Exclusion of people with disabilities from conversations about sex is widespread, according to Andrew Gurza, a disability consultant and advocate, and the co-founder of an accessible sex toy called the Bump'n Joystick. This, Gurza says, translates to a serious lack of representation, with disabled people not being seen in sexual media, dating apps, movies, and more.

“We are not represented because we have been told via pseudoscience for centuries that procreating with disabled people is bad,” Gurza says. “Disabled people don't get included in sexual conversations and are left out, leaving them with limited sexual health info and lots of self-esteem and body confidence concerns.”

In recent years, Gurza says the conversation has shifted to suggest that having sex with a disabled person is wrong because a disabled person cannot give consent — a belief that is incorrect in many cases.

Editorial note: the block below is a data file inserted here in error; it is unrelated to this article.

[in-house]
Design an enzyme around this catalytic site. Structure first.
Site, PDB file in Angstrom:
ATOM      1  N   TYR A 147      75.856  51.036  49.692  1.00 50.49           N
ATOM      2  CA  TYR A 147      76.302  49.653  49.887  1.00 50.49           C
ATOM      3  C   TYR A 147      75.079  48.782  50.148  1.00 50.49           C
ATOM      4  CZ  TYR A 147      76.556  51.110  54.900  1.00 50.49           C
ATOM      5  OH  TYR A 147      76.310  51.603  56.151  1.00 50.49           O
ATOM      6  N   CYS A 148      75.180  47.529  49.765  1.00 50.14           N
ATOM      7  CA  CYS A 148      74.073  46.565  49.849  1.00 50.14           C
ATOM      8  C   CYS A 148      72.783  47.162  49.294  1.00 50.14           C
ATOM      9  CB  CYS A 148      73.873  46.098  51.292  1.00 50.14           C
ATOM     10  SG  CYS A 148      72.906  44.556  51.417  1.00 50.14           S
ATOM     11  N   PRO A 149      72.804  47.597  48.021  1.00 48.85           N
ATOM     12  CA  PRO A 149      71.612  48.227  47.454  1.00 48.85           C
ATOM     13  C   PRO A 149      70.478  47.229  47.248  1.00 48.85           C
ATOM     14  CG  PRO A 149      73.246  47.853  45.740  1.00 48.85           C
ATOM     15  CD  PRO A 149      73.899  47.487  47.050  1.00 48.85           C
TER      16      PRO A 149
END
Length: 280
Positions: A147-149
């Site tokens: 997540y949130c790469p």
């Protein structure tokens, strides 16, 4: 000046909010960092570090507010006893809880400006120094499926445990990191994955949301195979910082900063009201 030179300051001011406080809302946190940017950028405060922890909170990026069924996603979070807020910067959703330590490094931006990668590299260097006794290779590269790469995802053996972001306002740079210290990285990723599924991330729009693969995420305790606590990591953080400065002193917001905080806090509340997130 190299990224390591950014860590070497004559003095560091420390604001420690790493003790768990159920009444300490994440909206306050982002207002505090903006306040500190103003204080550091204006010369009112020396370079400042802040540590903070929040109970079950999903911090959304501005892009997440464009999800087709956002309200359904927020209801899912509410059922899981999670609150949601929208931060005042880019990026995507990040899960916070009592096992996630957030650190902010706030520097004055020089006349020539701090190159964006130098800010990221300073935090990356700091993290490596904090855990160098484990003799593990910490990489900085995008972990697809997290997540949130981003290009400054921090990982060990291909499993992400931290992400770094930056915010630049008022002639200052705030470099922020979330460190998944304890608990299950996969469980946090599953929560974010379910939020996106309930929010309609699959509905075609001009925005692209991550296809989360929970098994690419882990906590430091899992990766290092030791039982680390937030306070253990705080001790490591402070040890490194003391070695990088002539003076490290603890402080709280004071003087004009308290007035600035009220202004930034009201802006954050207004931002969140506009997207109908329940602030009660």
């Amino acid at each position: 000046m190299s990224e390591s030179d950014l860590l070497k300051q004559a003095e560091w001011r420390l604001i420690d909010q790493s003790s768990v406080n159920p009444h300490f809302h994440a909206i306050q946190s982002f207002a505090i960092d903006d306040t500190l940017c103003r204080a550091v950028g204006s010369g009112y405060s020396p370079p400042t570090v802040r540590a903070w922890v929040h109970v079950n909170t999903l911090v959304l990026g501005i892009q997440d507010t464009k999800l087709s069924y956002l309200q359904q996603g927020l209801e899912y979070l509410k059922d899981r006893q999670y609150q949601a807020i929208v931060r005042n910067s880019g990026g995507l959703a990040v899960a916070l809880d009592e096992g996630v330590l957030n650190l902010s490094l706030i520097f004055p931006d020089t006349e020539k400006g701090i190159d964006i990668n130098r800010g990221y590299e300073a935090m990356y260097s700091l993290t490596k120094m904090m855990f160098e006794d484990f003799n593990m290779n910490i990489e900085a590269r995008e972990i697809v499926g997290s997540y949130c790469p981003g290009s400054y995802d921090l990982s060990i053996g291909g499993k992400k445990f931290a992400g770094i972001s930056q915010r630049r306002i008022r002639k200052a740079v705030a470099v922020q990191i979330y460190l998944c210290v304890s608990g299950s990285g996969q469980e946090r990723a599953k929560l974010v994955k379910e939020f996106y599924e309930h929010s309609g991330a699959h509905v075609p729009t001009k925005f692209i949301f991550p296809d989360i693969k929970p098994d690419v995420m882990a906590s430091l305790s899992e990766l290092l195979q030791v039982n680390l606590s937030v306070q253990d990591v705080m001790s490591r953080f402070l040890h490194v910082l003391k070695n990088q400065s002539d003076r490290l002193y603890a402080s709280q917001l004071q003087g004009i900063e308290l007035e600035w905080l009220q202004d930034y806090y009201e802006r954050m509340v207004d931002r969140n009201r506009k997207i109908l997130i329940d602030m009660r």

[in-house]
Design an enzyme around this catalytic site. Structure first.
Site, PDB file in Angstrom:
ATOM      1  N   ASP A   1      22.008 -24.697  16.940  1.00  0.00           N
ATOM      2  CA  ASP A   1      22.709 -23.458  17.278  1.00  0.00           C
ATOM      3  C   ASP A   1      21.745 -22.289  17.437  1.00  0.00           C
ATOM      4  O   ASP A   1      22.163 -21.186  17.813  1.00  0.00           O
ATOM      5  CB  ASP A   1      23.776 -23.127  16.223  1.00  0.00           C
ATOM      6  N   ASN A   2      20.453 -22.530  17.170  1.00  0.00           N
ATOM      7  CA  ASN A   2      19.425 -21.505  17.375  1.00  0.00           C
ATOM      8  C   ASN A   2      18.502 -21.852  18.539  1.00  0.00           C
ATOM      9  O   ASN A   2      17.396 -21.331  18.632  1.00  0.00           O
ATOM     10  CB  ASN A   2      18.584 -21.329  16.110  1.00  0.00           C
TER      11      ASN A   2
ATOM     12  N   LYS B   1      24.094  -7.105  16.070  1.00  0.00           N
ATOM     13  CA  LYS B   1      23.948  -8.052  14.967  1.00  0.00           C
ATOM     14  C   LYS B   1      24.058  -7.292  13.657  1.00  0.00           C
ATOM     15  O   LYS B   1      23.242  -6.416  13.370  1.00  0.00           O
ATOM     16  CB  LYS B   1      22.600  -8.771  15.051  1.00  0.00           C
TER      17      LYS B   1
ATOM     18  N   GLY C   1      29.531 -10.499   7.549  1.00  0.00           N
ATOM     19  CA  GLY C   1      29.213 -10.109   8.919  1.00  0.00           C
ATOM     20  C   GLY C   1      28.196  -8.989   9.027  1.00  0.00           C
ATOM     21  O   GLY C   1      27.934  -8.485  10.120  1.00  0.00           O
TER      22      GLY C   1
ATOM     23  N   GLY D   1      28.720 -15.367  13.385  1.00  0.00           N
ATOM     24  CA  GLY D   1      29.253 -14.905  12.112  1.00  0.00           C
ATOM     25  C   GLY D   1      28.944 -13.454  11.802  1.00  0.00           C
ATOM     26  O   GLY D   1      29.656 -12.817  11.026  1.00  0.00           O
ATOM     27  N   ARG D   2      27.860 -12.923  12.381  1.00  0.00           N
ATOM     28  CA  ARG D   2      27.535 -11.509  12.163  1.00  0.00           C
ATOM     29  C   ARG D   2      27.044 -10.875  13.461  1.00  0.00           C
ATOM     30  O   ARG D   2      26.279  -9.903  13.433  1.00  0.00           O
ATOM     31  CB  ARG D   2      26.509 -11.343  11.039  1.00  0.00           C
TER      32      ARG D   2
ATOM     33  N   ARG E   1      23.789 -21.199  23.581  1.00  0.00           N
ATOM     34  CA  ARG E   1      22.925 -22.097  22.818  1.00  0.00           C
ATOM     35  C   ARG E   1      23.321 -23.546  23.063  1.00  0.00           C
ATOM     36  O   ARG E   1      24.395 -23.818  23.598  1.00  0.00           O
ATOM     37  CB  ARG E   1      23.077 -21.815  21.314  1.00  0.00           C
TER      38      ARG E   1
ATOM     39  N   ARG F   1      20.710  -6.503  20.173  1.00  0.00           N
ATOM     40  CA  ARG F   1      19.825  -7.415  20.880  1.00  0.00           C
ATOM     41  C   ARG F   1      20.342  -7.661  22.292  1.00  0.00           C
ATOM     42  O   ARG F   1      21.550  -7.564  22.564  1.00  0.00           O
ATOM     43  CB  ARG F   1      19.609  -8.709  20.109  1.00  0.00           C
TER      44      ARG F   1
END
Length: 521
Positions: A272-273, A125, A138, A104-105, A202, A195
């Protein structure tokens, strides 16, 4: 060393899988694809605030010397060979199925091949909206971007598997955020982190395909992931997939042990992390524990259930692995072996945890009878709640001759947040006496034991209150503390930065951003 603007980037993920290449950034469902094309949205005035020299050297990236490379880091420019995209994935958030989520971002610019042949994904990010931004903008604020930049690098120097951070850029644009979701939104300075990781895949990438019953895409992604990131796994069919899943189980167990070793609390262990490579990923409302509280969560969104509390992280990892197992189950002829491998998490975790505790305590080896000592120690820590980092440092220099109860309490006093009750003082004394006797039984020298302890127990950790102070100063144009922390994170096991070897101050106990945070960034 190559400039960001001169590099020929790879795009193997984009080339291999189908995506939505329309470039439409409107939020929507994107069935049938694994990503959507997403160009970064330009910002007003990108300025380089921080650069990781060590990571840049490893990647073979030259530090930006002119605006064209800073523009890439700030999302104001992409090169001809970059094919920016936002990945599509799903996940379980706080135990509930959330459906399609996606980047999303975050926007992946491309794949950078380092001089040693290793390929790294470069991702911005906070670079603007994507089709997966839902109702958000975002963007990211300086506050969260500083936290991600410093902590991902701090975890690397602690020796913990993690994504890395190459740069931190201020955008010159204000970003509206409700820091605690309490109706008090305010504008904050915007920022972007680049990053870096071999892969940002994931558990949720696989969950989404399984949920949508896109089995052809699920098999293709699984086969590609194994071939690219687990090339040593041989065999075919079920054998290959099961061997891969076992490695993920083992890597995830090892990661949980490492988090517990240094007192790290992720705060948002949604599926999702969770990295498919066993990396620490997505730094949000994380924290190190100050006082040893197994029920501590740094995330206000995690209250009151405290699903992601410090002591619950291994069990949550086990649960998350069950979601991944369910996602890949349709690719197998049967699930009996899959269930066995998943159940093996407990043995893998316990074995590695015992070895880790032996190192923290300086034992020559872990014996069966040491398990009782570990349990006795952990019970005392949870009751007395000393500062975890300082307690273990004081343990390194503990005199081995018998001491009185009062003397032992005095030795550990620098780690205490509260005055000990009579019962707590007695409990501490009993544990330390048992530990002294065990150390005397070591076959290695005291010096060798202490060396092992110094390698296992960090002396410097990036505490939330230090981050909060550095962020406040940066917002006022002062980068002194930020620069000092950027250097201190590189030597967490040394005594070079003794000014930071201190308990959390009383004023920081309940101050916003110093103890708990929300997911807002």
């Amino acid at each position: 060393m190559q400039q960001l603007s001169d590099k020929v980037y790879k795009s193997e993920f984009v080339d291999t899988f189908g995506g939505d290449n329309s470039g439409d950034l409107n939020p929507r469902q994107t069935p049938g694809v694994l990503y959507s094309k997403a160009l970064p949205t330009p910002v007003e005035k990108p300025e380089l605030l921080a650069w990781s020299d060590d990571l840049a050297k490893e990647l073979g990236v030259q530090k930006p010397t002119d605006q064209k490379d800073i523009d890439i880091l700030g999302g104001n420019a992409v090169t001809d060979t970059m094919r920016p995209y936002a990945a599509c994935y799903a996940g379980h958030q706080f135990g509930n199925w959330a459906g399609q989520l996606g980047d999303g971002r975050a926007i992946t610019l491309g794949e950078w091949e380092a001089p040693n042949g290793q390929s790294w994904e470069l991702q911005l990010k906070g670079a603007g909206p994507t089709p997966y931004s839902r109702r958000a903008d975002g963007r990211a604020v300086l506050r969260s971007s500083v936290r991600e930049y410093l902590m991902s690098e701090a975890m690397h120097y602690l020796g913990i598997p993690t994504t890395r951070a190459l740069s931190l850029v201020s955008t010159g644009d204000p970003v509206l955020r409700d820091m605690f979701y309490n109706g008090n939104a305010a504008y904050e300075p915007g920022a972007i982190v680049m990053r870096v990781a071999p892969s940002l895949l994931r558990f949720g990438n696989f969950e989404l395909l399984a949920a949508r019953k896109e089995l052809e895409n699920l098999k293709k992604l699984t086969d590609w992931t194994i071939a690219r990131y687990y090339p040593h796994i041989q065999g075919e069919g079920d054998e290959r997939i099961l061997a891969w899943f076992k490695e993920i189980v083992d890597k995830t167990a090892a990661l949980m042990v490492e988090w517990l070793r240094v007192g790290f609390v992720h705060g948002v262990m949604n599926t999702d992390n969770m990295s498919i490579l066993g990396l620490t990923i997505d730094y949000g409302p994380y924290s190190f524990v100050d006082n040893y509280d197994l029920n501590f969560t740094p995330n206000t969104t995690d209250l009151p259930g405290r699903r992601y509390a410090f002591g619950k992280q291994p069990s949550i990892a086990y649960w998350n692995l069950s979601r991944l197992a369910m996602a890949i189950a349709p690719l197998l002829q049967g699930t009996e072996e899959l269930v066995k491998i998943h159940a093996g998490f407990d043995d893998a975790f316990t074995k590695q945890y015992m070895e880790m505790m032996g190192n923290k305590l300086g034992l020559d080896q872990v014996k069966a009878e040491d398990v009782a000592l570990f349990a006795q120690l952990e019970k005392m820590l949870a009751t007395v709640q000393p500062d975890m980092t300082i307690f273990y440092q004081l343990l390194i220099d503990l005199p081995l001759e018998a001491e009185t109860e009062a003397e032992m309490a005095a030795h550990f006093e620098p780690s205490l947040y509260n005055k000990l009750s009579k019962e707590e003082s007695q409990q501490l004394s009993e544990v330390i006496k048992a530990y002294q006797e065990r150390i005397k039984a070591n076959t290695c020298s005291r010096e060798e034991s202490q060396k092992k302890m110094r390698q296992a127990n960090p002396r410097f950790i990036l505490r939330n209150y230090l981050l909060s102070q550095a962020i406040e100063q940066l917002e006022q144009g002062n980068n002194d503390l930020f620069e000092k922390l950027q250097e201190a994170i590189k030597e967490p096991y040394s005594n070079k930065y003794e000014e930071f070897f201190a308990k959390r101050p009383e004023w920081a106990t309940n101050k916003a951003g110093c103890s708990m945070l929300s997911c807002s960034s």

According to Weiss, if someone has the capacity to understand what they are doing and who they are doing it with, they can, in fact, consent.

Due to the false belief that disabled people are not sexual, non-disabled people also often don’t see disabled people as viable sexual partners, and Gurza says this allows the mythology around sex and disability to persist.

“We are also left out of the conversation because of ableism,” Gurza says. “People simply don't want to engage with us because they are afraid of disabilities in general, so when you add sexuality — an already taboo topic — in the mix, that fear of disability gets amplified.”